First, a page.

“What’s interesting here in Charlottetown is I have a group of people after university who come to the (campus ministry centre) for Mass and Meal,” said Kidd. “They didn’t find a place in the parish, unless they were getting engaged and looking to be married.”

Victoria Archbishop Gary Gordon said in one sense young people around the world are seeking the same thing — to belong. But in his diocese, young people face many extraordinary challenges.

Victoria is home to nine First Nations communities. According to a 2014 federal study, the suicide rate among First Nations youth is about five to six times higher than that of the general population.

“Back in November, we had a professional development day for our school teachers and administrators,” said Gordon. “It was on anxiety, self-harm and suicidation. That’s the world our young people are in.”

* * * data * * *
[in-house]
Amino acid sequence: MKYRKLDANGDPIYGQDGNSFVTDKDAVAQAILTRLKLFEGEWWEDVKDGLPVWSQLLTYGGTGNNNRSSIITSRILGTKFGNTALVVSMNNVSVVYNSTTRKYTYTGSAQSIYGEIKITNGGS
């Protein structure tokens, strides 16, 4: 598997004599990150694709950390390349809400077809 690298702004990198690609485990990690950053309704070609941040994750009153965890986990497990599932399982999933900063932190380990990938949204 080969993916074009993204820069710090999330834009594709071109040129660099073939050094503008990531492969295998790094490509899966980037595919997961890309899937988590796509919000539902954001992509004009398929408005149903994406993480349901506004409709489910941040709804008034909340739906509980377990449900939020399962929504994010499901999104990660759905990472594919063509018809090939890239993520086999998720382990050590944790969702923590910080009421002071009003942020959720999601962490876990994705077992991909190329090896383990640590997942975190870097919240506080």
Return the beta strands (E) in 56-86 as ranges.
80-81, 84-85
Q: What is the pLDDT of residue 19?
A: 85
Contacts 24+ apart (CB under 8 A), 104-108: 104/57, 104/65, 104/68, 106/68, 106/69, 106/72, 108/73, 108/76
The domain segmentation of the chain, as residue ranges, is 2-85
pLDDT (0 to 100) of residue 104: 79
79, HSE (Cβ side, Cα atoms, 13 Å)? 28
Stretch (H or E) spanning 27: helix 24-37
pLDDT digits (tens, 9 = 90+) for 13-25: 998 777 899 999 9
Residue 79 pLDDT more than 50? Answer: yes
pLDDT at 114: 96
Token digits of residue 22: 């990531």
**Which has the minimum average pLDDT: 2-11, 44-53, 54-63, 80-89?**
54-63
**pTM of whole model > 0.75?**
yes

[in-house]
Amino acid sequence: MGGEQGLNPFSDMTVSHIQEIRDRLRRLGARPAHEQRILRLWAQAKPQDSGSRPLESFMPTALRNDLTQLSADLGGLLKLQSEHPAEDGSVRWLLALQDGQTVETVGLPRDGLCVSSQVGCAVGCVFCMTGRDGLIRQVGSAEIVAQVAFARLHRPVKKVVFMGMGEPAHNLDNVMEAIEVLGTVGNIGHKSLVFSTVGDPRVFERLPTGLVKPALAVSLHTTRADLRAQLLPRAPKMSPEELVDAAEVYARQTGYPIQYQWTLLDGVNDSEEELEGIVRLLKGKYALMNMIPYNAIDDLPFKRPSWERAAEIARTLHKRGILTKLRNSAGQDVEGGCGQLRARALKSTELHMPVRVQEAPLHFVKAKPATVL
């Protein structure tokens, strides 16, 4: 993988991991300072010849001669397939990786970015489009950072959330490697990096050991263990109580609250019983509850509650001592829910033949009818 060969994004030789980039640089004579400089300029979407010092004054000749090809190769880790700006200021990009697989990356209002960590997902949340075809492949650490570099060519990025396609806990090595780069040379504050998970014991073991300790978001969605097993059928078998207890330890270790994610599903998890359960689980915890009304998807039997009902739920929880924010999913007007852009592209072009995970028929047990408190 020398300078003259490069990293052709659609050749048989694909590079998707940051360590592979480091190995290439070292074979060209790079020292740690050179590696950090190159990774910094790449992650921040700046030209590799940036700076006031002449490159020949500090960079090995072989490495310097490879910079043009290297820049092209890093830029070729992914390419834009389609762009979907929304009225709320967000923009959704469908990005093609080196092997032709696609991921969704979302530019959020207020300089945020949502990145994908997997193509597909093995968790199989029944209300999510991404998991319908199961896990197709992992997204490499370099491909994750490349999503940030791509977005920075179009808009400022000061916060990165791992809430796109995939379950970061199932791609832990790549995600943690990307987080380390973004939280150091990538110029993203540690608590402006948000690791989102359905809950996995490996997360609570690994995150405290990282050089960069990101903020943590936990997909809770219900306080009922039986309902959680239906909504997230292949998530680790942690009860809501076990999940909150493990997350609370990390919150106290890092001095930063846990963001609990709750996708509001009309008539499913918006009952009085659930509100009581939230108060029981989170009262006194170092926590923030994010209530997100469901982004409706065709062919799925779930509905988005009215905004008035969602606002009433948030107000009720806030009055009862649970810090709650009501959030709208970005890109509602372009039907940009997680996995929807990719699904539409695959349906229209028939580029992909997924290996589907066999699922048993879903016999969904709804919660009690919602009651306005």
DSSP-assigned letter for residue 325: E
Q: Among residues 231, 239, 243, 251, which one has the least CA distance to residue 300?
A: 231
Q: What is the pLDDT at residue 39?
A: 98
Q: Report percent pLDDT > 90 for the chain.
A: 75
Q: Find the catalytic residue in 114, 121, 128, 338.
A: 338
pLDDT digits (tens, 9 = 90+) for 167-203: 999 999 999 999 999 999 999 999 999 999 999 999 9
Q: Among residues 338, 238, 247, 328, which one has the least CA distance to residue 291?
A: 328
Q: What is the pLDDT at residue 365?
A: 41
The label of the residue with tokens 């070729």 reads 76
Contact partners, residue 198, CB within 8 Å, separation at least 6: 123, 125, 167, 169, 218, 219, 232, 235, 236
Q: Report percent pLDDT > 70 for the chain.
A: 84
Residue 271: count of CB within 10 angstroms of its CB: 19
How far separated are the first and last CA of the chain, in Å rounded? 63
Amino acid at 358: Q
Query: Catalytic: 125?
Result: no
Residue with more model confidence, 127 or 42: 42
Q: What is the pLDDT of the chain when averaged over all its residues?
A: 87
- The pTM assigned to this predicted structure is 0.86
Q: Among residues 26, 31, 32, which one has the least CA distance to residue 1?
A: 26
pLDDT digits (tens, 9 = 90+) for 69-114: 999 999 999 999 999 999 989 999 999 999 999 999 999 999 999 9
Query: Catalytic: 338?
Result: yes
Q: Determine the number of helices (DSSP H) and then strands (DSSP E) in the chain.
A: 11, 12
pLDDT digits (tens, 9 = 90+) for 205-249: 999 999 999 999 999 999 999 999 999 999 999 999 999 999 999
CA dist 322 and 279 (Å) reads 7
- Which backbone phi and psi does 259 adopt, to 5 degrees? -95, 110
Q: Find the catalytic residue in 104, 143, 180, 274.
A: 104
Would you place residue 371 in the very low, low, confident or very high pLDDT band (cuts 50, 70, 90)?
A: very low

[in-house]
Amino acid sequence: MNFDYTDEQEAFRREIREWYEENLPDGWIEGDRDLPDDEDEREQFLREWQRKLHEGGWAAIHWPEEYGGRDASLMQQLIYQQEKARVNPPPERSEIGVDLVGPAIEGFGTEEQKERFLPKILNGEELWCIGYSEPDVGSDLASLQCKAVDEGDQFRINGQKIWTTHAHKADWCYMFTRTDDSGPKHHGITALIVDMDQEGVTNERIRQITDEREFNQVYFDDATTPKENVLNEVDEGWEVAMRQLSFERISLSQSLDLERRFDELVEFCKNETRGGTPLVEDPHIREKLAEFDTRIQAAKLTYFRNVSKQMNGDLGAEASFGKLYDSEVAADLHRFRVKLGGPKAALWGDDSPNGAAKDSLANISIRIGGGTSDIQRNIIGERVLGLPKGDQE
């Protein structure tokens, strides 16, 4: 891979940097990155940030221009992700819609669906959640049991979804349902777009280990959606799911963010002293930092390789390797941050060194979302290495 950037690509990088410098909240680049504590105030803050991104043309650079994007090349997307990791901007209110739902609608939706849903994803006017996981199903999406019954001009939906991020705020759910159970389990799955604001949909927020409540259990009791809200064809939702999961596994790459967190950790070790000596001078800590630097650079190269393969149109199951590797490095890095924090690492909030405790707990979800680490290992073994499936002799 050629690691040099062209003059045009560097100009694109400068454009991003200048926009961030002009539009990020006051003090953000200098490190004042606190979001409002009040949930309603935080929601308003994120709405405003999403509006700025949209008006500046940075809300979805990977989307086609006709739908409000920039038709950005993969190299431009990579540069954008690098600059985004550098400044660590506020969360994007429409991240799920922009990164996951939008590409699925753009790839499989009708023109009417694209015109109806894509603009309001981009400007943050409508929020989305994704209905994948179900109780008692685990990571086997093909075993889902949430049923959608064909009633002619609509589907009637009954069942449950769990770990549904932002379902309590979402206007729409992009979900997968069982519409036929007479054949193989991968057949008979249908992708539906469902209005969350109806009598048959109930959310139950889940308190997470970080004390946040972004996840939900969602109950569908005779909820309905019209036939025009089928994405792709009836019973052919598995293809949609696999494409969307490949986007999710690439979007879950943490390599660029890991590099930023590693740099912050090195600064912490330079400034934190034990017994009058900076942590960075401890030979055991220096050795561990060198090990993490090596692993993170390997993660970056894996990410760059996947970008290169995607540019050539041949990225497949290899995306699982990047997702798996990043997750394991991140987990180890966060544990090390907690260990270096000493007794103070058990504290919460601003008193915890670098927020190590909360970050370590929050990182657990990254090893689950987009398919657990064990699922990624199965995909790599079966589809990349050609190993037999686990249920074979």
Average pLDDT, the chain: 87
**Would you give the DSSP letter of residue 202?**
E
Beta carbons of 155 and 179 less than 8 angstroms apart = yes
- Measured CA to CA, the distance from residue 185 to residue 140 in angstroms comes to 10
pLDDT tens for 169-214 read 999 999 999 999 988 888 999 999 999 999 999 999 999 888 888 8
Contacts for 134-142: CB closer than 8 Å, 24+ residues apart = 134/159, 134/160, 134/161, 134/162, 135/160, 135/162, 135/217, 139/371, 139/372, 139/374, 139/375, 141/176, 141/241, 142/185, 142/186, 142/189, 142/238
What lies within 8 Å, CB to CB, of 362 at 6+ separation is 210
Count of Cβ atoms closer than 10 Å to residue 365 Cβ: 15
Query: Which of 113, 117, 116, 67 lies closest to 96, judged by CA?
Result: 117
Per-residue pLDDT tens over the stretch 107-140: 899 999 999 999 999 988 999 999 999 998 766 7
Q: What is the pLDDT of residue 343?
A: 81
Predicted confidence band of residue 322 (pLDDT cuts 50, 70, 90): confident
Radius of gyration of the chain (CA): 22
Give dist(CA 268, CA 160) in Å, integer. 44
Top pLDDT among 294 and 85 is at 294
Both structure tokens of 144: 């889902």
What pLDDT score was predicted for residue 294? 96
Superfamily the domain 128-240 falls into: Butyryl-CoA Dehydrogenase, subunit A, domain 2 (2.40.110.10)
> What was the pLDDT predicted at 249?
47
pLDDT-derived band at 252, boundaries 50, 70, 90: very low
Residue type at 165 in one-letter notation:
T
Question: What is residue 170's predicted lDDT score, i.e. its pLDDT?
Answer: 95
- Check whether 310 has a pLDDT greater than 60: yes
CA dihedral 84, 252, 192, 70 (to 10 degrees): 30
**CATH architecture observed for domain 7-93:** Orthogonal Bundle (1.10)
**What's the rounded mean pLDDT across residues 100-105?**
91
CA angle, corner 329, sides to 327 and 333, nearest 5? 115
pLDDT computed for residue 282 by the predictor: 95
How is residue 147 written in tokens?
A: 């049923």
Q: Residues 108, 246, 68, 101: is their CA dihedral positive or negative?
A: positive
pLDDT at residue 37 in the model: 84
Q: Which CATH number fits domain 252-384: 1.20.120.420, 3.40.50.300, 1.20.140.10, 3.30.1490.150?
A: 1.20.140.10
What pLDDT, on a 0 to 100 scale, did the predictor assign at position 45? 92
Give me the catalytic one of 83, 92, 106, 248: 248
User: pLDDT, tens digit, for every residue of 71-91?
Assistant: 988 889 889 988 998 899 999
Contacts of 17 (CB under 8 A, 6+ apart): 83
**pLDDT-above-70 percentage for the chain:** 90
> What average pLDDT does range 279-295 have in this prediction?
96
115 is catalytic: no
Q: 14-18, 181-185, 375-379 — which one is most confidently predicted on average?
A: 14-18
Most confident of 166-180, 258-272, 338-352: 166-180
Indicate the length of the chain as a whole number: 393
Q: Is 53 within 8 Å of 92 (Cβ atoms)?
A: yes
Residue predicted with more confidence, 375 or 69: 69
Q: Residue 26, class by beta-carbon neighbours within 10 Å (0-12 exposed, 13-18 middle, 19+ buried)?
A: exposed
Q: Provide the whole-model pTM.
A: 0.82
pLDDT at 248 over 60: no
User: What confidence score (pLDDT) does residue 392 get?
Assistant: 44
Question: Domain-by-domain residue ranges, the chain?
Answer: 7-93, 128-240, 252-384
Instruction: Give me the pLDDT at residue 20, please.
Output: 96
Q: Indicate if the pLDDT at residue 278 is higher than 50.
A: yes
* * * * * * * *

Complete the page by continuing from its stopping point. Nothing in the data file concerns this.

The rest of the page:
Gordon said Aboriginal youth are intrinsically spiritual, more than most young people in Canada. Therefore, the church must accompany these youth through struggles with mental health, access to education, underfunded health care systems and the trans-generational trauma caused by the residential schools.

The upcoming synod, Gordon said, is an opportunity for the Holy Father to voice the issues and problems of marginalized youth, like the Aboriginal community, and bring youth hope.

“(The pope) wants to touch deeply their real hopes and the energy they have to rise above these anxieties,” said Gordon.

The preparatory document includes a 20-point questionnaire to assist bishops in understanding the experience of young people around the world. The Vatican intends to release the questionnaire on a website in March.

Responses will be collected until the end of October and a document on the questionnaire’s findings is expected to be published in early 2018.